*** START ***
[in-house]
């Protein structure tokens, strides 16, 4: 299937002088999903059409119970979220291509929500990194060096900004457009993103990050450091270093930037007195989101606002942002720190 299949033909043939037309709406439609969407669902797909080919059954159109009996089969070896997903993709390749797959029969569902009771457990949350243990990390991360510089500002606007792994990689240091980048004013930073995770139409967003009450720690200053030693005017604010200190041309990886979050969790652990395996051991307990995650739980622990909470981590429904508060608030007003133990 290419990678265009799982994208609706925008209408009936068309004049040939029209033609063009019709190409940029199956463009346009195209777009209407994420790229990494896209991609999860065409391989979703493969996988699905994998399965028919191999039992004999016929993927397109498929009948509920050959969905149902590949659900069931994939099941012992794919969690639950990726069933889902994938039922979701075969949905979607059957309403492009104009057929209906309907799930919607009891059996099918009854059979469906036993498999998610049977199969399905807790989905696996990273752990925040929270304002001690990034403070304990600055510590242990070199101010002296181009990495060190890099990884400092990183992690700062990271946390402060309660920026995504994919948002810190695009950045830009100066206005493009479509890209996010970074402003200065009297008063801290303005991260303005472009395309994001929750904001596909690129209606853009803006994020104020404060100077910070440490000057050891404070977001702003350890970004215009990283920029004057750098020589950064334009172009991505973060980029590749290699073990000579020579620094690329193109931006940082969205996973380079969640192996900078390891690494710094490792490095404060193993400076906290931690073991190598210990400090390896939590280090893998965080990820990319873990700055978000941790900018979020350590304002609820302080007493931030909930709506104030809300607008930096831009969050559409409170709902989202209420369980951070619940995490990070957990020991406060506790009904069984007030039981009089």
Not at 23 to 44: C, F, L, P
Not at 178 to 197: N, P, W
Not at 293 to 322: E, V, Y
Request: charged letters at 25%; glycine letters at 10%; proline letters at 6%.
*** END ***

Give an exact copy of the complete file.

[in-house]
């Protein structure tokens, strides 16, 4: 299937002088999903059409119970979220291509929500990194060096900004457009993103990050450091270093930037007195989101606002942002720190 299949033909043939037309709406439609969407669902797909080919059954159109009996089969070896997903993709390749797959029969569902009771457990949350243990990390991360510089500002606007792994990689240091980048004013930073995770139409967003009450720690200053030693005017604010200190041309990886979050969790652990395996051991307990995650739980622990909470981590429904508060608030007003133990 290419990678265009799982994208609706925008209408009936068309004049040939029209033609063009019709190409940029199956463009346009195209777009209407994420790229990494896209991609999860065409391989979703493969996988699905994998399965028919191999039992004999016929993927397109498929009948509920050959969905149902590949659900069931994939099941012992794919969690639950990726069933889902994938039922979701075969949905979607059957309403492009104009057929209906309907799930919607009891059996099918009854059979469906036993498999998610049977199969399905807790989905696996990273752990925040929270304002001690990034403070304990600055510590242990070199101010002296181009990495060190890099990884400092990183992690700062990271946390402060309660920026995504994919948002810190695009950045830009100066206005493009479509890209996010970074402003200065009297008063801290303005991260303005472009395309994001929750904001596909690129209606853009803006994020104020404060100077910070440490000057050891404070977001702003350890970004215009990283920029004057750098020589950064334009172009991505973060980029590749290699073990000579020579620094690329193109931006940082969205996973380079969640192996900078390891690494710094490792490095404060193993400076906290931690073991190598210990400090390896939590280090893998965080990820990319873990700055978000941790900018979020350590304002609820302080007493931030909930709506104030809300607008930096831009969050559409409170709902989202209420369980951070619940995490990070957990020991406060506790009904069984007030039981009089």
Not at 23 to 44: C, F, L, P
Not at 178 to 197: N, P, W
Not at 293 to 322: E, V, Y
Request: charged letters at 25%; glycine letters at 10%; proline letters at 6%.